FAQS - Invest on Main Street

Frequently Asked Questions

You can get started investing once you have registered for our investor portal and have had an introduction phone call with someone from our team. to register for our investor portal

from here, you will begin receiving monthly newsletters and deal announcements that will explain what you need to do in order to partner with us on each specific deal.

The sec defines an accredited investor as an individual with a net worth of at least $1 million or an annual income of $200,000, or $300,000 for married couples, for at least three years.

Each acquisition is unique, depending if there is existing financing in place, whether the current owner will be carrying back financing, etc. Depending on the scale and value of the asset, most deals will include between 3 and 20 investors. If you would like to solely invest in an asset and have funds to do full acquisition, and prefer to be the only investor in a deal, we would be glad to locate a property that fits your criteria. We do the underwriting/evaluation along with due diligence and assign the purchase contract to you for a fee and/or become a management partner and manage it for you.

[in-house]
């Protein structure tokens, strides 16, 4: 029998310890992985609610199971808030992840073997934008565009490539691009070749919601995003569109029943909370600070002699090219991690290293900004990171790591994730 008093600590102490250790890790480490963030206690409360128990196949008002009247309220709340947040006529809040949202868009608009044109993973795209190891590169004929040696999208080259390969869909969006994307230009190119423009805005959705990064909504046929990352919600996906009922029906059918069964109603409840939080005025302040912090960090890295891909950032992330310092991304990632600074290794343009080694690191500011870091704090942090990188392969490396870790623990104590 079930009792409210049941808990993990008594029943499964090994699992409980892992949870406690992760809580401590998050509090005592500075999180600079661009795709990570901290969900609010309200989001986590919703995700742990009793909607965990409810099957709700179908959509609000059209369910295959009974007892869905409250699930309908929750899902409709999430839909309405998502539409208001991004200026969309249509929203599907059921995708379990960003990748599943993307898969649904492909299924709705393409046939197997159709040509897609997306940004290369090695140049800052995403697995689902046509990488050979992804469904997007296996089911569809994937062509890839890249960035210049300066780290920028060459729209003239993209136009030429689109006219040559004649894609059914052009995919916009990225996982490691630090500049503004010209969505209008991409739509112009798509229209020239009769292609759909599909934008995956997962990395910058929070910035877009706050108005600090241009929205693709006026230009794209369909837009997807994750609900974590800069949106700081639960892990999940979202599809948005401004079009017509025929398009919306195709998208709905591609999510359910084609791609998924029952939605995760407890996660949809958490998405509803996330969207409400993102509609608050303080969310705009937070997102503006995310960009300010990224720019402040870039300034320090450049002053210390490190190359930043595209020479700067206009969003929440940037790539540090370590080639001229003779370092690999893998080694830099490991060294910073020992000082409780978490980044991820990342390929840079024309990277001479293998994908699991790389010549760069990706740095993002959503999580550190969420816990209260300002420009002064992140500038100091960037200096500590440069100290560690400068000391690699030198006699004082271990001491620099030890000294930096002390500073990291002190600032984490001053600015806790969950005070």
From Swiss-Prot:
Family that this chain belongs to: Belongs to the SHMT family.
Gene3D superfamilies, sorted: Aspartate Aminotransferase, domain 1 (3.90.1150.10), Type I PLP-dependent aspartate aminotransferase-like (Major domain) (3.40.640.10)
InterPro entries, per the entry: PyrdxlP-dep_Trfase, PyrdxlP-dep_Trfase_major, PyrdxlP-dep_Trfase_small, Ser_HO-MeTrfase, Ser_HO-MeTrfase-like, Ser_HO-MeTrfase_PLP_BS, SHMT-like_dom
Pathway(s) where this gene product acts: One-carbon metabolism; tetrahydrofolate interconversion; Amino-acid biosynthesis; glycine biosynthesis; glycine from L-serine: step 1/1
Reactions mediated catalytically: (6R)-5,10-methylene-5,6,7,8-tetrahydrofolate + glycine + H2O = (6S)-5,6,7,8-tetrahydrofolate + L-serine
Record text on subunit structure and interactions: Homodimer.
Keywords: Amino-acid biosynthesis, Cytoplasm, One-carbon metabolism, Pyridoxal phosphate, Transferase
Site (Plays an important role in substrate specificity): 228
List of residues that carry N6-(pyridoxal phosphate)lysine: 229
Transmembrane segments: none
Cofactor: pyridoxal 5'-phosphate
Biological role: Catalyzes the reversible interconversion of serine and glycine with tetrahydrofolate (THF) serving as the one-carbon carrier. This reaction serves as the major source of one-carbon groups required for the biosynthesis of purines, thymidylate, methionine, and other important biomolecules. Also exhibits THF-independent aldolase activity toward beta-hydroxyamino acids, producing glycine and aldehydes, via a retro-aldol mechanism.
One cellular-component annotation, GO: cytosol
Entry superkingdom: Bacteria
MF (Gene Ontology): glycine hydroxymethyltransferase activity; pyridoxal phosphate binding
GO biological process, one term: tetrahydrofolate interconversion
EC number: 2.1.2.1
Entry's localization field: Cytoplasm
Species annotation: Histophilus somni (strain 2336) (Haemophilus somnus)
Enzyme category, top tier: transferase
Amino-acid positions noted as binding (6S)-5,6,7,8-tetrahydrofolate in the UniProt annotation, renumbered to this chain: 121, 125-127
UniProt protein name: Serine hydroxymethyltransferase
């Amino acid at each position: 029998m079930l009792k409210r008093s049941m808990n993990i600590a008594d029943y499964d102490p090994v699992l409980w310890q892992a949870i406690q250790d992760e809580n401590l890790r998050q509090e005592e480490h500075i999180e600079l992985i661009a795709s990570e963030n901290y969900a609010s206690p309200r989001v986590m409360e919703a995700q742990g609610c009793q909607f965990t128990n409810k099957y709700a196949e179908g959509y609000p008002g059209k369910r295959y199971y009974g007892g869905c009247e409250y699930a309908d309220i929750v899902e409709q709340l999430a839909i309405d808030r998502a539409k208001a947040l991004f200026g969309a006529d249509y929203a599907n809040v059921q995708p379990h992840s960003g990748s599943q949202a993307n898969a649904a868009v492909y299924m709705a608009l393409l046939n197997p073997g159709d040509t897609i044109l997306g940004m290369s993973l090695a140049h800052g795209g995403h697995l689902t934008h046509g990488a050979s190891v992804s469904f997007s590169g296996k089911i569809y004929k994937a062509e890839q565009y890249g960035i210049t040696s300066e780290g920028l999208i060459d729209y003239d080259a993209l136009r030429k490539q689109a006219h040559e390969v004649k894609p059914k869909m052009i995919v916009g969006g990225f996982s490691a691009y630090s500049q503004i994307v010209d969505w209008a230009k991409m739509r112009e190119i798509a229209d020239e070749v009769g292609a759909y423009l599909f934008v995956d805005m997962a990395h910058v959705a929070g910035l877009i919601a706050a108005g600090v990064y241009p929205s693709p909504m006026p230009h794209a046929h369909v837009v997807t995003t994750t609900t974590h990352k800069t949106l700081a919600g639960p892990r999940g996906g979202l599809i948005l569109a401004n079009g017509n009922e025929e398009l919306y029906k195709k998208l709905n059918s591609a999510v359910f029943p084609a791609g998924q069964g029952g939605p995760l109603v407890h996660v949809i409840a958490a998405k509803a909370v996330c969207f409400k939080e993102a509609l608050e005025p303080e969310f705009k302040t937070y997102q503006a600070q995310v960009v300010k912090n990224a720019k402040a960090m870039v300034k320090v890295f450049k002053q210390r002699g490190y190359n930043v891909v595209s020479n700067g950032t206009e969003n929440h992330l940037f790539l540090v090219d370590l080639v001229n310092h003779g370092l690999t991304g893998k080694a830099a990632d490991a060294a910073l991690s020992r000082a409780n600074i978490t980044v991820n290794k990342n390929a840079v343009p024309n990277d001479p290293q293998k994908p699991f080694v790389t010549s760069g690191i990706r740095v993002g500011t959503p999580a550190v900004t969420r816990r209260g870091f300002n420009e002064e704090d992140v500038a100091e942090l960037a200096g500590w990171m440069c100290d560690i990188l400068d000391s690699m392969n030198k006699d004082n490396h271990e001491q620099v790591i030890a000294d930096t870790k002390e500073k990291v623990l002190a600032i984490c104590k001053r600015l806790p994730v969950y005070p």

Yes. Investors are allowed to visit the property before investing and during the life of the project.
As a partner in the LLC that purchases the properties, you will receive a K-1. A K-1 is a tax form used by partnerships to provide investors with detailed information on their share of a partnership’s taxable income. Partnerships are generally not subject to federal or state income tax, but instead issue a K-1 to each investor to report his or her share of the partnership’s income, gains, losses, deductions and credits. The K-1s are provided to investors on an annual basis so that each investor can include K-1 amounts on his or her tax return.
In the event of a refinance, investors would be compensated as they would for a capital transaction. in other words, at refinance, any proceeds received will go directly back to investors, paying down their initial principal. this decreases investors initial equity exposure, while maintaining their pro rata share of ownership within the deal.

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